Ethics Essay


According to the 5 P’s of ethics, a “Code of Ethics” serves to describe expectations and to assist with decision making. In my past internships I have been asked to sign a code of ethics specific to the company and I feel as though the purpose of the code of ethics varied between companies. When I interned with Amazon, the code of ethics I received was more focused on reinforcing company values and expectations of me to follow with these values. When I read the code of ethics for National Instruments, it felt more like a guideline on how I should respond to certain situations. It seems clear to me the purpose of a code of ethics, but it is interesting to consider why some companies and organization feel the necessity to have one and, in some cases, sign and agree to follow it. Ethics are a subjective. Most of us have learned and been taught our own code of ethics that may not necessarily be the same as others. Our own personal code of ethics may even conflict with a company or organization’s ethics. I believe that companies have people sign their code of ethics mainly to make clear what their expectations are for their employees and to limit any unwanted behavior from said employees that could (without the code of ethics) be unclear and occur because the employee “didn’t know” it was wrong.

When I am faced with an ethical situation, I try to consider multiple sides of the situation. I often use the “golden rule” to help guide my decisions. I use my own personal code of ethics to help shape my decisions and use the advice of others as well as the code of ethics of others to advise me.

My mentor and I reviewed a few case studies and chose to discuss the case study on the investigation of the Therac-25 Accidents. The Therac-25 was a computerized radiation therapy machine that was responsible for massively overdosing patients on multiple occasions between June 1984 and January 1987, causing many severe injuries and deaths. The Therac-25 was a successor to the Therac-20 which employed protective circuits and mechanical interlocks to protect against overdose, while the Therac-25 relied heavily on software. The case study mentions that the risk assessments on the software were unrealistic and not through enough. The follow through on the accident reports were also unacceptable.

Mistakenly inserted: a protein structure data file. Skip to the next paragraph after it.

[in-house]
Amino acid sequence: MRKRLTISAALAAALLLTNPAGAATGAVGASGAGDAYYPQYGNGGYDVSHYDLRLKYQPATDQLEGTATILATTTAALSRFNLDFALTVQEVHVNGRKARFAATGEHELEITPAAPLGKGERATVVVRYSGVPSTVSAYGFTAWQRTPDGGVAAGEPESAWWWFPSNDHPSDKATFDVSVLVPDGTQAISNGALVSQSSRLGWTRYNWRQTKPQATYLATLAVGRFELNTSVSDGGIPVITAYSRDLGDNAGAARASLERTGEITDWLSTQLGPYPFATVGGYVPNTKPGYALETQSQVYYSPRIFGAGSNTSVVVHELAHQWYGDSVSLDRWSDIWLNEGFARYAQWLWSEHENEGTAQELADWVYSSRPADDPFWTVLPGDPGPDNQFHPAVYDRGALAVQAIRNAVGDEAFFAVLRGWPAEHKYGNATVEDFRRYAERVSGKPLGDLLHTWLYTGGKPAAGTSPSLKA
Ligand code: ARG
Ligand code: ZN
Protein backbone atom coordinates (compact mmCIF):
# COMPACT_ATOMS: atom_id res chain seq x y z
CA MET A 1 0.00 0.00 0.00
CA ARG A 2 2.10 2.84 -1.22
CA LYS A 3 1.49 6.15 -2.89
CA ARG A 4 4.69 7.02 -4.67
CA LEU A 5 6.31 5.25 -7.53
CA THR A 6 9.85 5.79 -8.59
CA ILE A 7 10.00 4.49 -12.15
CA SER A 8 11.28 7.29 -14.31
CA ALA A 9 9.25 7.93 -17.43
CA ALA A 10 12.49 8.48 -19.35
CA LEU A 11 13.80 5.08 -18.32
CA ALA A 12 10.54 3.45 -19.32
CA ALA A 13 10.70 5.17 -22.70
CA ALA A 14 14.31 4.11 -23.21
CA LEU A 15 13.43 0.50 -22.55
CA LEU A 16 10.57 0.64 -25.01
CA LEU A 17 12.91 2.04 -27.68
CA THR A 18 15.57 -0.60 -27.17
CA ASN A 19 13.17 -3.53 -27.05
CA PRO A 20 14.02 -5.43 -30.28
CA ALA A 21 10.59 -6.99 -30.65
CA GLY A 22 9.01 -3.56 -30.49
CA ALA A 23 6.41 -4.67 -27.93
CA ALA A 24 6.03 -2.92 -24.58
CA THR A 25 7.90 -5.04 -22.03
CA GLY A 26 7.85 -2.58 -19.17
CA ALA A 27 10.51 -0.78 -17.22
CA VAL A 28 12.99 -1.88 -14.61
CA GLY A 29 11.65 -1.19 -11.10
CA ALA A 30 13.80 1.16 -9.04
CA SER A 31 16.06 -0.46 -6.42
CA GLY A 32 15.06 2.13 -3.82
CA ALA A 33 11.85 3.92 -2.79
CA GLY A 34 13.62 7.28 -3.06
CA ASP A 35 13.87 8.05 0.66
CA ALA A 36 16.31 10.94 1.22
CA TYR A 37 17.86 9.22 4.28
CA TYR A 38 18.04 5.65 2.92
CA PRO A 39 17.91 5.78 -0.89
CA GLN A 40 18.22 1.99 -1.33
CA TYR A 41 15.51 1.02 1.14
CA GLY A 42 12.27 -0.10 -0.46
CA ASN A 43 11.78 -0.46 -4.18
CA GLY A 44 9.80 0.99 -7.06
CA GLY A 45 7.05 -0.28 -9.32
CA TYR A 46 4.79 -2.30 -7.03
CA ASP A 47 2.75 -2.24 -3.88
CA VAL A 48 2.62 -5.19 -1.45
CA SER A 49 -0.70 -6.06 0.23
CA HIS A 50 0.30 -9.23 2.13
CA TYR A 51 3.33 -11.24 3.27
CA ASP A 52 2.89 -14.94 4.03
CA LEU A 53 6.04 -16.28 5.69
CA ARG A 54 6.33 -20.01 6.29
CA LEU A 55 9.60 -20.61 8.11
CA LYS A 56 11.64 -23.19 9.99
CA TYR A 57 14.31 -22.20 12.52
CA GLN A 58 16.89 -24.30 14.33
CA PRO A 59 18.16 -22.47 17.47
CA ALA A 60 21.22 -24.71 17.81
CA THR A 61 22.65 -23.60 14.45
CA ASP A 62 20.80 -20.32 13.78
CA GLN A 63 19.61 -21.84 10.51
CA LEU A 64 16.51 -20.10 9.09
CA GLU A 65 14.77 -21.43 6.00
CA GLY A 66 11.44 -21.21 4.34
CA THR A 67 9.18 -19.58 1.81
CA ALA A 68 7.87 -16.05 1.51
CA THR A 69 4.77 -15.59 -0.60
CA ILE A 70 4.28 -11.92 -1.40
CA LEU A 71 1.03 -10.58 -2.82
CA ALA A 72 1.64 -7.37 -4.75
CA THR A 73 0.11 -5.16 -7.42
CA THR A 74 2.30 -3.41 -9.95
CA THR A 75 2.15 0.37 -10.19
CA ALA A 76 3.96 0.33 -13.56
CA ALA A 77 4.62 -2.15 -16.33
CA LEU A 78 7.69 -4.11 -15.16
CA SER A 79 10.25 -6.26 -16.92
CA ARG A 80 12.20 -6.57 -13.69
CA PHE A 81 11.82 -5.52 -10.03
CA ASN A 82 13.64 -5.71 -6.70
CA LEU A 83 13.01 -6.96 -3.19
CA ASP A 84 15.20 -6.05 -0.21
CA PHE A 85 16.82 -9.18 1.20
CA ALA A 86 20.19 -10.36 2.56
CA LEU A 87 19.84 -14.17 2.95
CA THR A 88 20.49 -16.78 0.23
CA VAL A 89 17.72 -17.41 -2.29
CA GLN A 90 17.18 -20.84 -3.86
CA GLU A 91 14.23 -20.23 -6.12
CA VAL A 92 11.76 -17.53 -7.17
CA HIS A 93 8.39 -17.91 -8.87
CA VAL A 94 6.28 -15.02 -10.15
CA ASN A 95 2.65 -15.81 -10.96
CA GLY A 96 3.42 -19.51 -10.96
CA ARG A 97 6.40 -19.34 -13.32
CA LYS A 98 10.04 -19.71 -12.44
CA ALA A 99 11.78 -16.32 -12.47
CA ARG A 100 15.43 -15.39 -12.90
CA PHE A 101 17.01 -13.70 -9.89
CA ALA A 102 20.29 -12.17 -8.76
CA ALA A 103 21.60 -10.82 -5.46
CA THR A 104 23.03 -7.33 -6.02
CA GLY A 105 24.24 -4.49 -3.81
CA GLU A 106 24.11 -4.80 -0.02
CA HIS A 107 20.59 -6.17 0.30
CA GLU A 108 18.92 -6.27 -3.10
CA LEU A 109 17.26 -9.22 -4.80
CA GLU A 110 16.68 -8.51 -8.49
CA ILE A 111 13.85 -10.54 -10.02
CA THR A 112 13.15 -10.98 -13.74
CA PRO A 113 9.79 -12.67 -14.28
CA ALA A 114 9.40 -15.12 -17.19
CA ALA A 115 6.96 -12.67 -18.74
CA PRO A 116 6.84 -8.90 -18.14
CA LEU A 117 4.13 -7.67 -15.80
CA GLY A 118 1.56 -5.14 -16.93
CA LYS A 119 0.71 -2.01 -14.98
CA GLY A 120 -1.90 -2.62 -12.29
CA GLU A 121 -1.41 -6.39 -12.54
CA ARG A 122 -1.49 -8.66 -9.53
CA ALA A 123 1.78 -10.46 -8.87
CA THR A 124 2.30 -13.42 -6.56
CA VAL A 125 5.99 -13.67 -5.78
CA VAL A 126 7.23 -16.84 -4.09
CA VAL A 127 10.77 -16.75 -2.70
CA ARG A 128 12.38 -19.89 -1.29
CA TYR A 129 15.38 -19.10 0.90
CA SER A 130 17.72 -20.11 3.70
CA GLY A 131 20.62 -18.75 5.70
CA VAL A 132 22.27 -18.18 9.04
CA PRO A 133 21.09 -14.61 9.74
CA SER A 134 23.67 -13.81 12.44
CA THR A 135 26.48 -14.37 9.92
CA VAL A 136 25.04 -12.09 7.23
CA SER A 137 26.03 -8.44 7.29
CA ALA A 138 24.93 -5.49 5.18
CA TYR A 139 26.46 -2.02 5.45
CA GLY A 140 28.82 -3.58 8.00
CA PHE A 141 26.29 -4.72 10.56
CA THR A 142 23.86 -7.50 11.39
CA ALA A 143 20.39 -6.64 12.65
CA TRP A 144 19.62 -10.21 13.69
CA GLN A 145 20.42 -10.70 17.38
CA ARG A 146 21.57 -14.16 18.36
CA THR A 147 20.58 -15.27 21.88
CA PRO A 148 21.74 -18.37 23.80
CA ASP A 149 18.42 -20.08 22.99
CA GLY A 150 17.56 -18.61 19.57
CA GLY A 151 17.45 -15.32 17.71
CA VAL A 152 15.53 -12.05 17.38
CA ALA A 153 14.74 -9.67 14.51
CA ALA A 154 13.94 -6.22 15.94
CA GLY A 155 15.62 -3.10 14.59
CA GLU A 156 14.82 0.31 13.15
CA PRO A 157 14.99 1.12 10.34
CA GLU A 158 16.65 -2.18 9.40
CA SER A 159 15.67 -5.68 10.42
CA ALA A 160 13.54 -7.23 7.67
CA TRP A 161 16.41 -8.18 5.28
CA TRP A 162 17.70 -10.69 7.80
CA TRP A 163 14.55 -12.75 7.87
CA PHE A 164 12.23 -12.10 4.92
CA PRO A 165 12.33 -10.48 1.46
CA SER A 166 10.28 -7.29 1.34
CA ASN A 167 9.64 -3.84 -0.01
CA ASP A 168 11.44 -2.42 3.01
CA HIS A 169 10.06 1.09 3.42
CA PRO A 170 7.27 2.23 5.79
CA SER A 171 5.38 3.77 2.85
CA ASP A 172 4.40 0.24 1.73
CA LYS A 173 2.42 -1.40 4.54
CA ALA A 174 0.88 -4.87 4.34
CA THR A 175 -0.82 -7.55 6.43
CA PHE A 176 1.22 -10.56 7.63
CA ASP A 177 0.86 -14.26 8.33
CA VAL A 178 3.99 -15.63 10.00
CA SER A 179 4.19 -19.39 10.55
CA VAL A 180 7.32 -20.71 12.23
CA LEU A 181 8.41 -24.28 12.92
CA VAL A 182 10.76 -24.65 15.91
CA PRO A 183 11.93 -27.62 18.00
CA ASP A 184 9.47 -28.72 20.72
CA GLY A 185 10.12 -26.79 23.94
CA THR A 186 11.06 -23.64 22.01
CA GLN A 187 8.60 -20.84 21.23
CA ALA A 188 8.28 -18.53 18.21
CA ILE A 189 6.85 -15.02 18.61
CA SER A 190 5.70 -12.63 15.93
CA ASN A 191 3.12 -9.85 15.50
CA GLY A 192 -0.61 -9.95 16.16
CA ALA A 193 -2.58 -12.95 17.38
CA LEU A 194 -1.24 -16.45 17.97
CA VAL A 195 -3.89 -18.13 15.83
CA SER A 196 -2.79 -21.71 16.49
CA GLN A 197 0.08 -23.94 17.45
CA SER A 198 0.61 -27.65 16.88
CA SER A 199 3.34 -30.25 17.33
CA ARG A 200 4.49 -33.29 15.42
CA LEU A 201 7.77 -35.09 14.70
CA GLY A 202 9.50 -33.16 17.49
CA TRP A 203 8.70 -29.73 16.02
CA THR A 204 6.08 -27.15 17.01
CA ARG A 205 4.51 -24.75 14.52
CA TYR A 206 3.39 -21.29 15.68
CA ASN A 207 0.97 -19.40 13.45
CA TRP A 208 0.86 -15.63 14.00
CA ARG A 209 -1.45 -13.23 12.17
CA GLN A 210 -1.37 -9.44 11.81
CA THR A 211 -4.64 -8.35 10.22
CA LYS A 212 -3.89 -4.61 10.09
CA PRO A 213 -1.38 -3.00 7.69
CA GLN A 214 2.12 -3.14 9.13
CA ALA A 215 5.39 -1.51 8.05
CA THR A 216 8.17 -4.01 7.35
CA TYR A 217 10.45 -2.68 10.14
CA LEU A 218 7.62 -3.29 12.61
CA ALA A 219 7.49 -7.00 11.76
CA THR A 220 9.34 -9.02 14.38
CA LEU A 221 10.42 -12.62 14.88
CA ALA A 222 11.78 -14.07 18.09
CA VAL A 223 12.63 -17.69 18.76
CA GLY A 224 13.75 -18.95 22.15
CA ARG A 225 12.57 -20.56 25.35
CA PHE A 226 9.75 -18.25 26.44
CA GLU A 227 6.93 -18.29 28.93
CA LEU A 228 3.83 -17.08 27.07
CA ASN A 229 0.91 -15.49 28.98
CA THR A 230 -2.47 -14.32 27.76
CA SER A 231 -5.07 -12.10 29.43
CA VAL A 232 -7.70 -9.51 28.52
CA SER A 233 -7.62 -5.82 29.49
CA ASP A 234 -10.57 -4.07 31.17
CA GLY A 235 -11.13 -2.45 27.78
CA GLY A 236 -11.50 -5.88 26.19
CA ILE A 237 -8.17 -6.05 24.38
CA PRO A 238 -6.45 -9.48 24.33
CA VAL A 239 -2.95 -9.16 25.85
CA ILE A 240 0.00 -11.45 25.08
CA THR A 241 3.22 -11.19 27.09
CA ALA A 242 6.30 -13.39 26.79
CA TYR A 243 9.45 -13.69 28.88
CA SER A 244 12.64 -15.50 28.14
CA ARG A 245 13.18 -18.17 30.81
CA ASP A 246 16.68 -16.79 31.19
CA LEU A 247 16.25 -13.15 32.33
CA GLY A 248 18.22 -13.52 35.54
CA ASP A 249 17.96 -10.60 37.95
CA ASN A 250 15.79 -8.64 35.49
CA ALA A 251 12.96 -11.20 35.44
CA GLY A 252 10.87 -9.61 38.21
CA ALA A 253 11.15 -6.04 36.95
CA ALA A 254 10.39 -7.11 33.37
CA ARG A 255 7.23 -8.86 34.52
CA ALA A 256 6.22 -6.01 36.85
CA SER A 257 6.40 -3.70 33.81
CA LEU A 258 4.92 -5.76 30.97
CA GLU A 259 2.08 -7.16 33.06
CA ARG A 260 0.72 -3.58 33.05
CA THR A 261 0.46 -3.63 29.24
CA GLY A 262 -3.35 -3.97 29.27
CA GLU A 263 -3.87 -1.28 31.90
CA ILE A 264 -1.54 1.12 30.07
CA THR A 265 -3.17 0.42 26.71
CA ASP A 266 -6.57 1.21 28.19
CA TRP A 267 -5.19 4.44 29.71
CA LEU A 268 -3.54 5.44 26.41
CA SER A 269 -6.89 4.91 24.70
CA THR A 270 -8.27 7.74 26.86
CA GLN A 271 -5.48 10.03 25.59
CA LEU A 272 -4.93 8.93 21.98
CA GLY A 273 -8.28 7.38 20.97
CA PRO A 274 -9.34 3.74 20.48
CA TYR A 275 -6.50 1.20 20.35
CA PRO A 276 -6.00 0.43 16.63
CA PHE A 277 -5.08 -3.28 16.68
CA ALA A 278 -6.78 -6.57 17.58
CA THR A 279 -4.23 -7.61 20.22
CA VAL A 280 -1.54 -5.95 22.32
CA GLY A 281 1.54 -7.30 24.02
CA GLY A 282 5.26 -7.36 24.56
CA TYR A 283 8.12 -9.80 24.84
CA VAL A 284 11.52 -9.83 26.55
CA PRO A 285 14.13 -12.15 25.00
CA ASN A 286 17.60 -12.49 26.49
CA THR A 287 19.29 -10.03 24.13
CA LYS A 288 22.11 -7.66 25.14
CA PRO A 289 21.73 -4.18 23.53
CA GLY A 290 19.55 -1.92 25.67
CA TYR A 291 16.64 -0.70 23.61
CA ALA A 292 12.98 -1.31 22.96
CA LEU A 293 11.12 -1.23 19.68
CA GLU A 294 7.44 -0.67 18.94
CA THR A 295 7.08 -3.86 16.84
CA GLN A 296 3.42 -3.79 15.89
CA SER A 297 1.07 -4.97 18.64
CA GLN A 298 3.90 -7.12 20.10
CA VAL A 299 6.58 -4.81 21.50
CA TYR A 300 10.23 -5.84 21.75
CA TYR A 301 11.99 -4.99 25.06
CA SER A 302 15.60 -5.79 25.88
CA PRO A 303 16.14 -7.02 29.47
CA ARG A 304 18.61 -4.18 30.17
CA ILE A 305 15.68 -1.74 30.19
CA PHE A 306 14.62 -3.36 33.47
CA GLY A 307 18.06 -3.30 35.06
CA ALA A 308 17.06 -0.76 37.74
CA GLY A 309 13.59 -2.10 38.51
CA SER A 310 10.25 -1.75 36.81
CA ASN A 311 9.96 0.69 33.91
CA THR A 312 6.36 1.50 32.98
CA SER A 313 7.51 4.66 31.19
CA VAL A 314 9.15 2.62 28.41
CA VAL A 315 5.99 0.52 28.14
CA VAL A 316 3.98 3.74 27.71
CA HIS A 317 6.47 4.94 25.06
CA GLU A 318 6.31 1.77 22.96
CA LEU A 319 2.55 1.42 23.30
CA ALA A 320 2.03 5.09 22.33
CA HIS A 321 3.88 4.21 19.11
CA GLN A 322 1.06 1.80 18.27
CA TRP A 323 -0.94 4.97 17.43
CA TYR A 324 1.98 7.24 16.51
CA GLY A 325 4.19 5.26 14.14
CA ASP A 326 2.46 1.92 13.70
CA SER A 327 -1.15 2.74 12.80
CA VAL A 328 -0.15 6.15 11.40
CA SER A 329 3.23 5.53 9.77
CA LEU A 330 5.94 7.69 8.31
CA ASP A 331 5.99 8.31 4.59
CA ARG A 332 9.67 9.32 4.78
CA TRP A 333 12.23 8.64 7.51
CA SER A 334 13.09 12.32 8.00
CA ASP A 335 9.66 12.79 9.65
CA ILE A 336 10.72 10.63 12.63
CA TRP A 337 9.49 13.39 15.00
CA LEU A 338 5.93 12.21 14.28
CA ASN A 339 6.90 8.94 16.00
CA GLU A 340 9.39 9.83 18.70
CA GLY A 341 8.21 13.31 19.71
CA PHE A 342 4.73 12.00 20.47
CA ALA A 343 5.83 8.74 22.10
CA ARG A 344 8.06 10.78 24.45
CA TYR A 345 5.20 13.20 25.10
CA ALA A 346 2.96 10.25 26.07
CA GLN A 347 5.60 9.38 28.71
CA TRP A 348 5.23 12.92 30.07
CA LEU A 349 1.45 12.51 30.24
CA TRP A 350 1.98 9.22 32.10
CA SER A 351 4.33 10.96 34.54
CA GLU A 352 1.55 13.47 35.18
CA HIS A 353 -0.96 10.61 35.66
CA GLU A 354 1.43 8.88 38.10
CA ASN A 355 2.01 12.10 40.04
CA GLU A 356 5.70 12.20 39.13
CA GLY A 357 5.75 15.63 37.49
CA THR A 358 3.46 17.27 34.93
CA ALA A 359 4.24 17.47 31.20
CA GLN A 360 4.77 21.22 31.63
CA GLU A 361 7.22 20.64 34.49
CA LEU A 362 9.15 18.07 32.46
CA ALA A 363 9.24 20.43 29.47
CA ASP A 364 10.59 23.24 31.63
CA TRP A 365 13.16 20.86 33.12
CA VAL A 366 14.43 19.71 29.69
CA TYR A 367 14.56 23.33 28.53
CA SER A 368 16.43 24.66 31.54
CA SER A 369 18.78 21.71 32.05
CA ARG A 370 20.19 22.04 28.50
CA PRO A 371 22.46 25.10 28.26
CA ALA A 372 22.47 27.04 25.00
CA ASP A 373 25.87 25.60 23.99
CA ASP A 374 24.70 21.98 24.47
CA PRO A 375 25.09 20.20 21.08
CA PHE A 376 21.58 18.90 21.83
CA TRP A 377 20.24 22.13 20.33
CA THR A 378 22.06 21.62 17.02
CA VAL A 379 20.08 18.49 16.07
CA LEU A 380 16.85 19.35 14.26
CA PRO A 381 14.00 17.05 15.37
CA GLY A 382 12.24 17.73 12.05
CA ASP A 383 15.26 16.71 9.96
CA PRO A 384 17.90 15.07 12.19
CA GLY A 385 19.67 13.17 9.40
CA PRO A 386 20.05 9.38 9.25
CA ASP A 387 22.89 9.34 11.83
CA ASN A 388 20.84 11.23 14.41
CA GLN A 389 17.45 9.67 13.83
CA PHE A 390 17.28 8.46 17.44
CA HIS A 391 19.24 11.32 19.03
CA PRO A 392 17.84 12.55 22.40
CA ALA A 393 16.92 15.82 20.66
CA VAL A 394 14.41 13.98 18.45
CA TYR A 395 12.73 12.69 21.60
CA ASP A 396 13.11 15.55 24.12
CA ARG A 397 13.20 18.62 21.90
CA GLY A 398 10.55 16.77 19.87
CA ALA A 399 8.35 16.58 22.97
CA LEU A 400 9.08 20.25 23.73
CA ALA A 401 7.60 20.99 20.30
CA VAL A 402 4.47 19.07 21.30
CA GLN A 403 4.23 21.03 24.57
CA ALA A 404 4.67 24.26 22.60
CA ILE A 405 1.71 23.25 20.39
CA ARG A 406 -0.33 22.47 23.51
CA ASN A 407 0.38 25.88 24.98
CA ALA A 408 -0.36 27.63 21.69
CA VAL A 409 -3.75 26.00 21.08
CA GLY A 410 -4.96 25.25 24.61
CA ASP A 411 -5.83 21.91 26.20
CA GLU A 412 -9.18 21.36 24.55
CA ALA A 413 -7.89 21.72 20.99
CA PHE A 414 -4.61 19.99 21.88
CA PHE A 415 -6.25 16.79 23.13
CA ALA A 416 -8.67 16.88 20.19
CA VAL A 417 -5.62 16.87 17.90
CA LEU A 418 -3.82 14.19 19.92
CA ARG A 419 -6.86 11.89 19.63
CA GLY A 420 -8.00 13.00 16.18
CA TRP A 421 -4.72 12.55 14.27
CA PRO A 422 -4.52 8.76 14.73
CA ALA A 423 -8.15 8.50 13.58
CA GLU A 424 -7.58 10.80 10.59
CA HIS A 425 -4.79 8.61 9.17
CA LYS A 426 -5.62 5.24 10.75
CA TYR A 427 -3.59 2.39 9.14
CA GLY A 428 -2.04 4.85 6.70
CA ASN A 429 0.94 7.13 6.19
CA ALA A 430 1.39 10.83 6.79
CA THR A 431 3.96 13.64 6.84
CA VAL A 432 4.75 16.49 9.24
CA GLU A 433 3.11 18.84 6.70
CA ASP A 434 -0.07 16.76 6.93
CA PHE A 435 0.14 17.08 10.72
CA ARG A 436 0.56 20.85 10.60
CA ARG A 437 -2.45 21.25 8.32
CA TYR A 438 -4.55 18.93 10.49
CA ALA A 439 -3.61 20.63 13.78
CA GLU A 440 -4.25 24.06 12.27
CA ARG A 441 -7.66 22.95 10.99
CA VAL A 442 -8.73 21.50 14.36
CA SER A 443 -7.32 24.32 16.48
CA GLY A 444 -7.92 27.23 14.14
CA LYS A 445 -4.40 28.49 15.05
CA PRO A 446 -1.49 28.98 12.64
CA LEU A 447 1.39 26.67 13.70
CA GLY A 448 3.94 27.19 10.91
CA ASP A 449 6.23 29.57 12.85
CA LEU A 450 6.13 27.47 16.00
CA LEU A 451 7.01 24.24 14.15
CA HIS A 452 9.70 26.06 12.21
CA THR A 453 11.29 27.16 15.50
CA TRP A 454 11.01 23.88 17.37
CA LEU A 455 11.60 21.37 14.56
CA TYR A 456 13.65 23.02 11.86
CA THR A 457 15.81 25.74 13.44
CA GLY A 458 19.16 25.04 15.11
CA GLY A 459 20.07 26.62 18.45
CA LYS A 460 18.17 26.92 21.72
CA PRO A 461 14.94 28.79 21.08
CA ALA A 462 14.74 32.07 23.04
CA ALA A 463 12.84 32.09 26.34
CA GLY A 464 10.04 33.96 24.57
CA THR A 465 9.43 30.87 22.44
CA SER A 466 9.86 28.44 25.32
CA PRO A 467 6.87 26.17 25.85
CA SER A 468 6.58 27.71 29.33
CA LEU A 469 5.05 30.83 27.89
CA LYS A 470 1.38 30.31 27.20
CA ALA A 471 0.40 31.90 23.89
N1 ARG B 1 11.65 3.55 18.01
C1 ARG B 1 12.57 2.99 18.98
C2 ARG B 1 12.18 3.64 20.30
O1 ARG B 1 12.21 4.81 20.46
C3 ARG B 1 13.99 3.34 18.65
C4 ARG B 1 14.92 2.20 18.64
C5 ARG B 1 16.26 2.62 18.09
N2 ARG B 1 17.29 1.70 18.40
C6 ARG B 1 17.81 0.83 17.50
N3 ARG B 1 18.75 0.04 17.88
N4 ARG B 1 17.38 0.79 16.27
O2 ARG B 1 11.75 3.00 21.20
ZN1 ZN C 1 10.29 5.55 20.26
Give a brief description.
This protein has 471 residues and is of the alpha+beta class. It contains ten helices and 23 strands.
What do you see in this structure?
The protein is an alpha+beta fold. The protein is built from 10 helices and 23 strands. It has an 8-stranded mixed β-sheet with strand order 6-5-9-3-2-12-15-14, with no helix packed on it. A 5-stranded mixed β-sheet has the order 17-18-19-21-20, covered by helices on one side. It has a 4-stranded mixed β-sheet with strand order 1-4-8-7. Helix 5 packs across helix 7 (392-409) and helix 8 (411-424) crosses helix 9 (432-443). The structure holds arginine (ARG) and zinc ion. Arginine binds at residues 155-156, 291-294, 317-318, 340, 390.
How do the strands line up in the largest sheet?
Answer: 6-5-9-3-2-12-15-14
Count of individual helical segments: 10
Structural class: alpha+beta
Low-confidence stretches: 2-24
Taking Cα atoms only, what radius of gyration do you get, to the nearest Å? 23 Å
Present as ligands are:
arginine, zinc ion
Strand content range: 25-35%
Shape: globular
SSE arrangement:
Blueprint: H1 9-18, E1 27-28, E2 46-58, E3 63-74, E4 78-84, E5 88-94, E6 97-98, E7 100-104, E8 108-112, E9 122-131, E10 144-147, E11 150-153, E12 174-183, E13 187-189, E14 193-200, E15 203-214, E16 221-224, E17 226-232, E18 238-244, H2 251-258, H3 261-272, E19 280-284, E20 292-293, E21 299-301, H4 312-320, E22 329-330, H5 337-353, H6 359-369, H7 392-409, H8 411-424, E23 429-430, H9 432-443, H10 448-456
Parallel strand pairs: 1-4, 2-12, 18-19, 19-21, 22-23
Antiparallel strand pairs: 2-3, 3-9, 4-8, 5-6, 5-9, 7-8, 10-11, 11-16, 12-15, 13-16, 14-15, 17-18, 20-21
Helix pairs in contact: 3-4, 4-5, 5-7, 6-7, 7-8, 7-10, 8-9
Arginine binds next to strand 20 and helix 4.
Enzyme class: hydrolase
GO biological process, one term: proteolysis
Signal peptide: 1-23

After I read the documents on ethics and the case study of Therac-25, I was quick to attribute the blame to the software designers and the people who designed the risk assessments. Their poor design choices, as the case study claims, was the cause the the majority of the accidents. After discussing this case study with my mentor, however, I came to realize that I was not looking at the bigger picture. My mentor explained how software design could always be “better,” but there is usually some resource constraint, such as time or money, that becomes the tradeoff. His opinion was that the software designer’s responsibility to make the best software, given the current technology and the resource constraints given to him. After further discussion of the case study, we came to the conclusion that there was little information in the case study to even determine if there was an ethical dilemma.

I feel that the most relevant virtue to the case study was responsibility, followed by integrity and honesty. I feel that one of the main issues with the Thorac-25 accidents was not only the unsafe design, but also the response to the accidents. The response to the accidents was simply sloppy and unacceptable, given that the Thorac-25 was radiation therapy machine and thus there were potentially lives on the line. Given that the Thorac-25 caused accidents on several occasions and the cause of the accidents were unclear and attributed to unspecific “mechanical faults,” taking the Thorac-25 “out of service” and falling back on the Thorac-20 design , with mechanical locks, may have been a viable option. Responsibility comes into play because of the poor managerial decisions that allowed things such as unreasonably low risk assessments to be accepted. And what seemed to be unqualified, or inexperienced, software engineers implementing the design. When the manufacturer could not reproduce the condition and concluded that it was a hardware fault, it implemented a solution based on that assumption and declared that the system was several orders of magnitude safer. I feel that such a bold statement, given that the conditions could not even be reduces and thus the problem was unclear, such as statement seems dishonest . The lack of thoroughness in the accident response also seemed like poor integrity, as such a safety-critical device needs thorough testing.

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